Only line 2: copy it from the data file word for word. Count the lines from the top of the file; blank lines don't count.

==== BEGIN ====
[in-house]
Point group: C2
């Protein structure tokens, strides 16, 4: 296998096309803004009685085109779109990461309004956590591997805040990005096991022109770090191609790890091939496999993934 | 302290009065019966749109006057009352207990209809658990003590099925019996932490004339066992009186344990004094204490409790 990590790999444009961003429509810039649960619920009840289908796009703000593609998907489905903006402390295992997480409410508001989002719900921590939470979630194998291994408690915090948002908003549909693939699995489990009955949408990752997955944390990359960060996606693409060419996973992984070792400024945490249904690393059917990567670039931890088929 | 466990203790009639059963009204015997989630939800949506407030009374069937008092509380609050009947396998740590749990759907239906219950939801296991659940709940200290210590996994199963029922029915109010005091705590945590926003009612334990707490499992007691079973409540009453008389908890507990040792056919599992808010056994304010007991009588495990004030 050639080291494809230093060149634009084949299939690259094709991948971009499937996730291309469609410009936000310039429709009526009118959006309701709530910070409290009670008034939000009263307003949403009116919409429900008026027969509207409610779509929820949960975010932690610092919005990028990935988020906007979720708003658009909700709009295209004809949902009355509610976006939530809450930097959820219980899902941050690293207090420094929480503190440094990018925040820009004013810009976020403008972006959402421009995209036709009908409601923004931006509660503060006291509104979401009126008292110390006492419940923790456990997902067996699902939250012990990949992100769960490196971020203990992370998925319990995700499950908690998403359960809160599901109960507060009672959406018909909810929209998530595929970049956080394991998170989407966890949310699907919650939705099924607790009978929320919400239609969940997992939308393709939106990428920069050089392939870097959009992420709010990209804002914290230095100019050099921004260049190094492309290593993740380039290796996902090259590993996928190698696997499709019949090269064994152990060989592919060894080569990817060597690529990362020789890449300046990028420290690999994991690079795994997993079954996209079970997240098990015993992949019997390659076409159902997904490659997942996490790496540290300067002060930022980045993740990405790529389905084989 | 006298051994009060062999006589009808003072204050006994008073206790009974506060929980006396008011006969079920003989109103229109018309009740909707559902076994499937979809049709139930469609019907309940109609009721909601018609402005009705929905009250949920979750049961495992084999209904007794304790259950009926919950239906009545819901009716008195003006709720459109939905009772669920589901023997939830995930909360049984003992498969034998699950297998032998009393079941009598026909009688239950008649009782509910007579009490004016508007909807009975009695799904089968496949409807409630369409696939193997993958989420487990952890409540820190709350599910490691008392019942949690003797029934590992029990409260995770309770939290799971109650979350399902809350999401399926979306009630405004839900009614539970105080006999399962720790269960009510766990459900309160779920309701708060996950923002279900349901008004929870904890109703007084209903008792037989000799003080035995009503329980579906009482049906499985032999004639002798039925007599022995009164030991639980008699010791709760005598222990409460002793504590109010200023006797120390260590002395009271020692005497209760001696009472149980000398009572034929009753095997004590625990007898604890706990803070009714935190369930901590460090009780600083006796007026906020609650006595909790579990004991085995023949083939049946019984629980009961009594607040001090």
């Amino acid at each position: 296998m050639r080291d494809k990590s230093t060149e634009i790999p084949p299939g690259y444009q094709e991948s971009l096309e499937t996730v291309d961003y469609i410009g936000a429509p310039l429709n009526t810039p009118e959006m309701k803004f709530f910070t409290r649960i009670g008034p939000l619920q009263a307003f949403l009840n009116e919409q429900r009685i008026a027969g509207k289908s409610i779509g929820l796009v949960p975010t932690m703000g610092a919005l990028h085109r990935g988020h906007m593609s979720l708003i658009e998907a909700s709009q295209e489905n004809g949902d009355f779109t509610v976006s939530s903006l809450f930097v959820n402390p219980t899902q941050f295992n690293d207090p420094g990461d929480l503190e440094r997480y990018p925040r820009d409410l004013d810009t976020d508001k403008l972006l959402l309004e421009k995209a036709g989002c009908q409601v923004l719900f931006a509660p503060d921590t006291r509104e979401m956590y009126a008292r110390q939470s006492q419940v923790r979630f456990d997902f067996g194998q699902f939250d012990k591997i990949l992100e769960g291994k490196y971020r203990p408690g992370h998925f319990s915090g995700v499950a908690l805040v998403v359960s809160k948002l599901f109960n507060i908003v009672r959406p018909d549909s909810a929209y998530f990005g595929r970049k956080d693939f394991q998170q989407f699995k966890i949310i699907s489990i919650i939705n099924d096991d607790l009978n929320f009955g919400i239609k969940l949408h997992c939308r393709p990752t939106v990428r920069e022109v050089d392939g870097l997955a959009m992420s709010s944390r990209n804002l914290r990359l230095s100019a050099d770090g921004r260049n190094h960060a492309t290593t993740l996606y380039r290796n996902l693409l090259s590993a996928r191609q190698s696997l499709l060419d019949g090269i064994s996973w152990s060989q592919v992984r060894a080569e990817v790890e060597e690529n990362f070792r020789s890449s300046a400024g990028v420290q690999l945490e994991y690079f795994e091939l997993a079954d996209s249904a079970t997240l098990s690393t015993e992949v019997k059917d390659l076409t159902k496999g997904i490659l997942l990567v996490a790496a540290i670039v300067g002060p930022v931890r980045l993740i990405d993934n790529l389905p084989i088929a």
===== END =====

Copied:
Point group: C2